CHARLESTON COUNTY, S.C. (WIS) - Dr. Marcelo Hochman is the president of the Charleston County Medical Society.
He said one of their legislative priorities for the last few years has been to ask lawmakers to repeal “Certificate of Need” laws in the state.
“Certificate of Need” regulations were mandated by the federal government in the 1970s. According to DHEC, their purpose is to promote cost containment, prevent unnecessary duplication of health care facilities and services, guide the establishment of health facilities and services which will best serve public needs, and ensure high-quality services are provided in health facilities in South Carolina.
According to the Palmetto Promise Institute, so far, 15 states have repealed these “Certificate of Need” laws.
Earlier this year, Governor Henry McMaster temporarily waived these regulations because of the COVID-19 pandemic allowing hospitals to increase their bed capacity or services related to the pandemic.
"A law that's good enough to be lifted during an emergency is probably a law that should be lifted permanently," Dr. Hochman said.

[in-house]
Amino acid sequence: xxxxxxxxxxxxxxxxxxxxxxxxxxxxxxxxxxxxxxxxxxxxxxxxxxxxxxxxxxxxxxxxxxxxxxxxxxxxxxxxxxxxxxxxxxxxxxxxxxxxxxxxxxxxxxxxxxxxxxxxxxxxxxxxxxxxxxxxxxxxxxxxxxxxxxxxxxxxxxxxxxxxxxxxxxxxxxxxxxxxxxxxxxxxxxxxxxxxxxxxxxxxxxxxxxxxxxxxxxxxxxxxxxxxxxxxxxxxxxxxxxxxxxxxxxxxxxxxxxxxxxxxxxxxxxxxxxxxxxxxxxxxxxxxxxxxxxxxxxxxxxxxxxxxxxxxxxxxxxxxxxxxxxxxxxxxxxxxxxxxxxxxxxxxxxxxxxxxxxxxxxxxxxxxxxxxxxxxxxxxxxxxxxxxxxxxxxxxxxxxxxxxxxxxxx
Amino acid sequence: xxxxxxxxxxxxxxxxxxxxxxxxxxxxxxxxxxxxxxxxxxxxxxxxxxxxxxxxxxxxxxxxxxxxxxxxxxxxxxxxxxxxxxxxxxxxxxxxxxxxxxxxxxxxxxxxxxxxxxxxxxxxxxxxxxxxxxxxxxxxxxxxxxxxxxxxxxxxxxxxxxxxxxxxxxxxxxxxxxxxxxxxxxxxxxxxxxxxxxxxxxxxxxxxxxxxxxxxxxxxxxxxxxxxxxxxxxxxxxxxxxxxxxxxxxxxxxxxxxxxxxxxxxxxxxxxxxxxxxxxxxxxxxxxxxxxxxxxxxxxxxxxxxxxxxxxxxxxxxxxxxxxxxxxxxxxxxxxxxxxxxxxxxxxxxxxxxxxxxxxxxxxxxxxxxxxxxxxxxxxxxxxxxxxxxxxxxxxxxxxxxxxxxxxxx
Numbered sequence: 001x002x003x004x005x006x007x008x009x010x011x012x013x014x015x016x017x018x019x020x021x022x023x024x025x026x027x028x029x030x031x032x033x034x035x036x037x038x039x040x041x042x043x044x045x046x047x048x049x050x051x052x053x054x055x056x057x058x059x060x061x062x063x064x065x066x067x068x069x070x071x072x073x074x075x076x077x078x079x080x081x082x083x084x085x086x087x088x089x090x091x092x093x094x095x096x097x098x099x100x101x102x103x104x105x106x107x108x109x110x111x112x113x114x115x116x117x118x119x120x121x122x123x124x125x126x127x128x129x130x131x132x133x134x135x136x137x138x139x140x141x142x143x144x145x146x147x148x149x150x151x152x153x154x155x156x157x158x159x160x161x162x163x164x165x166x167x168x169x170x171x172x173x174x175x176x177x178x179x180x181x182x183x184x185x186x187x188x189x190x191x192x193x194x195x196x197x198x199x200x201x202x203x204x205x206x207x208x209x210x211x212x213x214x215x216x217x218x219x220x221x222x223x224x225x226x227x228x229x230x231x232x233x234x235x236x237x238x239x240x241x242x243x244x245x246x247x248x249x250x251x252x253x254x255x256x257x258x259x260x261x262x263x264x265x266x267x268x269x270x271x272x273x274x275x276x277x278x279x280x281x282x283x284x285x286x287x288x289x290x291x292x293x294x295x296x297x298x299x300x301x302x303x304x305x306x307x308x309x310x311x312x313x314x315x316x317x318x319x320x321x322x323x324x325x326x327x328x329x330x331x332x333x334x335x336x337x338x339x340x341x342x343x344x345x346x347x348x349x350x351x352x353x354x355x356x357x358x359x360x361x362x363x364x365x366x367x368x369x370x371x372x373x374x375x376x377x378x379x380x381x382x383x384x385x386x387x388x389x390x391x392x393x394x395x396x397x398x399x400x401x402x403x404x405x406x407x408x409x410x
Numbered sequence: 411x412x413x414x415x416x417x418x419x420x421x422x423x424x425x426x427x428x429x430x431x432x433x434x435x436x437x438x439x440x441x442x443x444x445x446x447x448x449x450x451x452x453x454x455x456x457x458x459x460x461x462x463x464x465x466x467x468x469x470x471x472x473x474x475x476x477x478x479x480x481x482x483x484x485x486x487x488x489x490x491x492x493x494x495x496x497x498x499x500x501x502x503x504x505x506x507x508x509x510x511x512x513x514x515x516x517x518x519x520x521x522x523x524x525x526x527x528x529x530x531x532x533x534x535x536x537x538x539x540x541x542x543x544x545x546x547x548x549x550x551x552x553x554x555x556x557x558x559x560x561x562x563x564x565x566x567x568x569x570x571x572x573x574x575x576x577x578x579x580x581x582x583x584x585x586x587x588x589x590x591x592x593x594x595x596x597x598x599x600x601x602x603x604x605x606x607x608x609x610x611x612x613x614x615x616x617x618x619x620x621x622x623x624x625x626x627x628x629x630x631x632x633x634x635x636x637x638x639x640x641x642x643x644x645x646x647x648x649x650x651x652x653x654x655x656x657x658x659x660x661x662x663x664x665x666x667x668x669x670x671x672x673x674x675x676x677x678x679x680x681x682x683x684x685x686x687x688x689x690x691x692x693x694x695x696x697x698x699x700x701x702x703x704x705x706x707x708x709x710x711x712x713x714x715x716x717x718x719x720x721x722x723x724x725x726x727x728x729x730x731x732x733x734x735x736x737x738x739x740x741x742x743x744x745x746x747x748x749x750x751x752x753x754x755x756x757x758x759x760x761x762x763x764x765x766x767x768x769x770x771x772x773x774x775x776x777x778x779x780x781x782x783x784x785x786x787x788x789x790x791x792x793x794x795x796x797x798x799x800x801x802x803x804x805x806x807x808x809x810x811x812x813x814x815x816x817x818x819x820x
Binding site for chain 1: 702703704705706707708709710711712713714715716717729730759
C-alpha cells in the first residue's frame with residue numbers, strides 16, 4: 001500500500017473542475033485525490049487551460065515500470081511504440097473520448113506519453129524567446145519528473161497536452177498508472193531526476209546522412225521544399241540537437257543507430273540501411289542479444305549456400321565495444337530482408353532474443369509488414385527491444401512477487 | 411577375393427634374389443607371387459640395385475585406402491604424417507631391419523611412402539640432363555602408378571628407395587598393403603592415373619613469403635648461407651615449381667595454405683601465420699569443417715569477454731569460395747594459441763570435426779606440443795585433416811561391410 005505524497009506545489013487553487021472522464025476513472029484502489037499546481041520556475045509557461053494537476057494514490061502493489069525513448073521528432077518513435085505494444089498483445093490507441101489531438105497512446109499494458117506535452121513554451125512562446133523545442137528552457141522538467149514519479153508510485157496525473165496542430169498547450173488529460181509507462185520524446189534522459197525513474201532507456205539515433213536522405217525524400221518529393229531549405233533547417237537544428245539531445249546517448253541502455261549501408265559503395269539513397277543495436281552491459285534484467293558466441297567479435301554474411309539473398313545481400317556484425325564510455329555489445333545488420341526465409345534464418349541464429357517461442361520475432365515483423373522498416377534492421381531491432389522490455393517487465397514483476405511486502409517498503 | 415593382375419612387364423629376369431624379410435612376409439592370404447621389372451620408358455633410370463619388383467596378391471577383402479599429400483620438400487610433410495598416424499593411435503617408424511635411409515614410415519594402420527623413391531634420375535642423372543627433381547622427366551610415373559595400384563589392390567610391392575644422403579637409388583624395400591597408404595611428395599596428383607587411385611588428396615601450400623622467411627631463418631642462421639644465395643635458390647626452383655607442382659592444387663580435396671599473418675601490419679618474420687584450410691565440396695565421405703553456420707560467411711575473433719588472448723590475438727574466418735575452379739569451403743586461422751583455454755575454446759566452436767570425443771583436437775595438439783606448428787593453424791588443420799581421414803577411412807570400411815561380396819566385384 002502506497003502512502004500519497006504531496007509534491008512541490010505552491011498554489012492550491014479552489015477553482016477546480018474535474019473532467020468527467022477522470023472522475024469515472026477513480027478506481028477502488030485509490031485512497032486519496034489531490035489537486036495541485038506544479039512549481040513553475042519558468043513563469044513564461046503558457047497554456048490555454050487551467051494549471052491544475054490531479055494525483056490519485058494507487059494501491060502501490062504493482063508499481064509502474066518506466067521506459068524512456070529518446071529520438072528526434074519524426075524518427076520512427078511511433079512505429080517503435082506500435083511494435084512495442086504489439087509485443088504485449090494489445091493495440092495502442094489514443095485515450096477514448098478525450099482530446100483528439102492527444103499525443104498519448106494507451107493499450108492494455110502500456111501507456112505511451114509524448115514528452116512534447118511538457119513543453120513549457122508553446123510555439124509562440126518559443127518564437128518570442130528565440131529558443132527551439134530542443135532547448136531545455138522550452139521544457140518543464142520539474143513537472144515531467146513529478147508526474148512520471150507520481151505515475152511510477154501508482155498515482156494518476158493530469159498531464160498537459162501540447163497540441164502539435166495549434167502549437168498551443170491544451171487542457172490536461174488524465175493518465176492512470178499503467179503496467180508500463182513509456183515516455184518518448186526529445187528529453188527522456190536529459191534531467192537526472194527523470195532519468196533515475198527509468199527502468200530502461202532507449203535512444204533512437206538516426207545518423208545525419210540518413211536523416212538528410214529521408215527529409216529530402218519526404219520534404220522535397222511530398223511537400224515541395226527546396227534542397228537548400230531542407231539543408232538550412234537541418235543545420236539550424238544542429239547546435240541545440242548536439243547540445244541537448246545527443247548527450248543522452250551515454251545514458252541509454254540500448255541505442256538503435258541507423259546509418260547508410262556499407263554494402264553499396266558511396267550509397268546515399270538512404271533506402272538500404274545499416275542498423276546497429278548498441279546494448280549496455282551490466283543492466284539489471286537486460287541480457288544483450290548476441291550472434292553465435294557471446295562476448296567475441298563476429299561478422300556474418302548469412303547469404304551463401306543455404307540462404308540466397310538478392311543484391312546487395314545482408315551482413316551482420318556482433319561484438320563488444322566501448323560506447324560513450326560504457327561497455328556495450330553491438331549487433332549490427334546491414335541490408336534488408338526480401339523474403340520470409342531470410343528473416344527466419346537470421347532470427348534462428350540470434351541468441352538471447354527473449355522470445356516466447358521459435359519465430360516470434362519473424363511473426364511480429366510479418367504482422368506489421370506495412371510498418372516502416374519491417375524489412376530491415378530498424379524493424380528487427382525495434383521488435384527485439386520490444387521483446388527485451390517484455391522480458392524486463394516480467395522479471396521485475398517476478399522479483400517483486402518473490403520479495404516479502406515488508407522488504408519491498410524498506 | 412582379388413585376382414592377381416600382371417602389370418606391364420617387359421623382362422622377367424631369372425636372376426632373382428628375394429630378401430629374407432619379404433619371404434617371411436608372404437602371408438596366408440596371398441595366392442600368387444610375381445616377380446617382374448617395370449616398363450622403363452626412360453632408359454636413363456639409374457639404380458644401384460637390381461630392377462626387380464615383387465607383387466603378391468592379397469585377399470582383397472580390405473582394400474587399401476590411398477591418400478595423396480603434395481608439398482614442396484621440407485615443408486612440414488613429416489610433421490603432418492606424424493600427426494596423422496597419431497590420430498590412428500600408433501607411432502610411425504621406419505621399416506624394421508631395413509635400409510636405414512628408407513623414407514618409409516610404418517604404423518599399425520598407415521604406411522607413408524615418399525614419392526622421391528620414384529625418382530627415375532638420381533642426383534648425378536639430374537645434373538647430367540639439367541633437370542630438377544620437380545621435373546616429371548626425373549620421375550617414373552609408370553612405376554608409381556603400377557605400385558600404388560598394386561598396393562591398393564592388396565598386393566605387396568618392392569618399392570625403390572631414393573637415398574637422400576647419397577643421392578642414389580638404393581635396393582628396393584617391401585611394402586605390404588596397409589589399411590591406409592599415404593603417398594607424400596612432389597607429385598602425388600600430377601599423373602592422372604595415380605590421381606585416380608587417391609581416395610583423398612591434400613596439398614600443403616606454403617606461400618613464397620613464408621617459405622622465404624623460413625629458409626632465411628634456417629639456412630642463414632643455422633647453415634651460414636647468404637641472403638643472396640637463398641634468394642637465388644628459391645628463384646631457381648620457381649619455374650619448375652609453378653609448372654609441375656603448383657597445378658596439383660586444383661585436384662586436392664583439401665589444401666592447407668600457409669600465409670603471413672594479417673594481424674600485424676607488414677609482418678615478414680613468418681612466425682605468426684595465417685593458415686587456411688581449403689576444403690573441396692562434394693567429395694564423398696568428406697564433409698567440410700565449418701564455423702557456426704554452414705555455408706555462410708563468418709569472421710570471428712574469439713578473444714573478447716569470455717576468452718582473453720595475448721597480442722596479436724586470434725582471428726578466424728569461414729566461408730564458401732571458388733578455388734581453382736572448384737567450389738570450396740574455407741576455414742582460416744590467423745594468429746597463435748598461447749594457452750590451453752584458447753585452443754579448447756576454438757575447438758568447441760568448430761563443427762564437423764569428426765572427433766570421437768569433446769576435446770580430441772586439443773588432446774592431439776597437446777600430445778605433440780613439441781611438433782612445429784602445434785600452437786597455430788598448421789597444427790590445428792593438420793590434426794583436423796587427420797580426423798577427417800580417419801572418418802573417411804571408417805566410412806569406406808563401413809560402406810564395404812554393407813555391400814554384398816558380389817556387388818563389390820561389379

He also said the pandemic is shedding light on important issues related to medical care.
"It is highlighting a problem that we don't have alternatives," he said.
Opponents of “Certificate of Need” laws said the regulations can be restrictive. Oran Smith, a Senior Fellow with the Palmetto Promise Institute, said these laws limit choices for patients if they were to be repealed South Carolinians would have to pay less to get care.
“We think that will be one of the benefits,” he said. “When there’s competition, prices go down and patients pay less.”
The South Carolina Hospital Association said they believe these regulations should be reformed but not fully repealed. Allan Stalvey, an executive vice president for the South Carolina Hospital Association, said “Certificate of Need” laws keep access to care available for everyone.
"Hospitals aren't just building rooms just to build. They have to justify it from a business perspective and they are not going to go out and spend that capital," he said.
Stalvey said they would like to see the appeals process tweaked and sped up. He said it could take years for issues to be resolved.
Right now, 35 states and the District of Columbia have “Certificate of Need” laws in place.